1. I disagree with you about 2nd edition Gamma World being the best. I am a big proponent of 1st edition Gamma World. That 45-page game is almost perfect.

    2. I agree with you about Larry Elmore's Star Frontiers art. The cover of the original game is pure gold. Every time I look at it I want to play a Star Frontiers human character crash-landed on a dangerous, alien world.

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  12. Elmore did the Star Frontiers cover? I never recognized his hand there for some reason.

    I've always felt bland about Elmore which seems unfair given his ovious talent. I guess its part and parcel of the Basic Set Moldvay/Mentzer divide.

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  13. The best art at TSR was done by Elmore, Parkinson, and Easley. Check out "The Art of Dragonlance".

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  14. I have strong nostalgia for Mr. Elmore's work. I think a hallmark for a large swath of RPG related artwork has been cheap uniformity ... past, present and probably future. You look at the time line some of these guys work under and the volume they are expected to pump out ... combined with purportedly low pay. I've always heard TSR, the Wizards and then WOTC has never really paid its talent very well ... again don't go postal on me if there is a forum post somewhere that contradicts that ... just what I've heard. I agree 100% that some of the most memorable "silver age" D&D artwork are Elmore pieces, especially many of the landscape type work he did that graced covers, etc. particularly some of the Dragonlance related pieces (agree with the previous post on that).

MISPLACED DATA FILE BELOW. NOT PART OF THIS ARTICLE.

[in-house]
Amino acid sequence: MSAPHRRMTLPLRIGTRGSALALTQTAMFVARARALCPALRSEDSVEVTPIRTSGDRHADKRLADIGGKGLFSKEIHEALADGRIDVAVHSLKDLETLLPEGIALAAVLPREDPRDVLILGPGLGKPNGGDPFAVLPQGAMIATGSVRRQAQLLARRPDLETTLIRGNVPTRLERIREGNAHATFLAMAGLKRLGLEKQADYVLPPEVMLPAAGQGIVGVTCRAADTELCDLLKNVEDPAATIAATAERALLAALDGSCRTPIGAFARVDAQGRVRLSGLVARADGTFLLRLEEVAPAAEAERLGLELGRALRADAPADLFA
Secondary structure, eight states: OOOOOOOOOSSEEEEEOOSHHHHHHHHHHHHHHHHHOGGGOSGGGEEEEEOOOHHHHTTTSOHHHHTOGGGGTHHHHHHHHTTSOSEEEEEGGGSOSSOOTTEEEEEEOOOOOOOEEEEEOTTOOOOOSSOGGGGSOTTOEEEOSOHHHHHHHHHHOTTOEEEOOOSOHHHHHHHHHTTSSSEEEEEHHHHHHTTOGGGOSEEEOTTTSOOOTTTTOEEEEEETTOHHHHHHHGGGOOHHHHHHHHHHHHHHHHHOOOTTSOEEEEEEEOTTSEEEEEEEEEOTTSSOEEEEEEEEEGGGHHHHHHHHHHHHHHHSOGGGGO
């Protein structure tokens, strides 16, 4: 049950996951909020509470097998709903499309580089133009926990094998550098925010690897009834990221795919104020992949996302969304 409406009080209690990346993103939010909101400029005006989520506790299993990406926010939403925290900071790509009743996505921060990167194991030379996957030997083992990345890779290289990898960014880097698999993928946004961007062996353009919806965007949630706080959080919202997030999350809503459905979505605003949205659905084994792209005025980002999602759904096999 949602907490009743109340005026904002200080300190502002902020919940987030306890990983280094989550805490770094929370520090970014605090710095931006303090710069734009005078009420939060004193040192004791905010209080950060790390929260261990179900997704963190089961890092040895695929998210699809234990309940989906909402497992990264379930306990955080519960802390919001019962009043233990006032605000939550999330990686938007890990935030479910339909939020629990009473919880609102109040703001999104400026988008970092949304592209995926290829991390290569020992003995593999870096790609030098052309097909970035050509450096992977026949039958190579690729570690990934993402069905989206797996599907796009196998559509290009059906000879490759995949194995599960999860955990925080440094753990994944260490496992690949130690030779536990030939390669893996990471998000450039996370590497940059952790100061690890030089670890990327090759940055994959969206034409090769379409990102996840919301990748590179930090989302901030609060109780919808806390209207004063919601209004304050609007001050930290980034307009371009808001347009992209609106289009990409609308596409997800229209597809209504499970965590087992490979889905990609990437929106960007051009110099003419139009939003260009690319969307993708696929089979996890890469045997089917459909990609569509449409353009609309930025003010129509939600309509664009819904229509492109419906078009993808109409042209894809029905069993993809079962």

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  15. I liked his outdoor pictures that captured the autumn colors and low wooded hills of Kentucky (where he works and lives). I believe the ones that come to mind in terms of paintings are Dragon covers.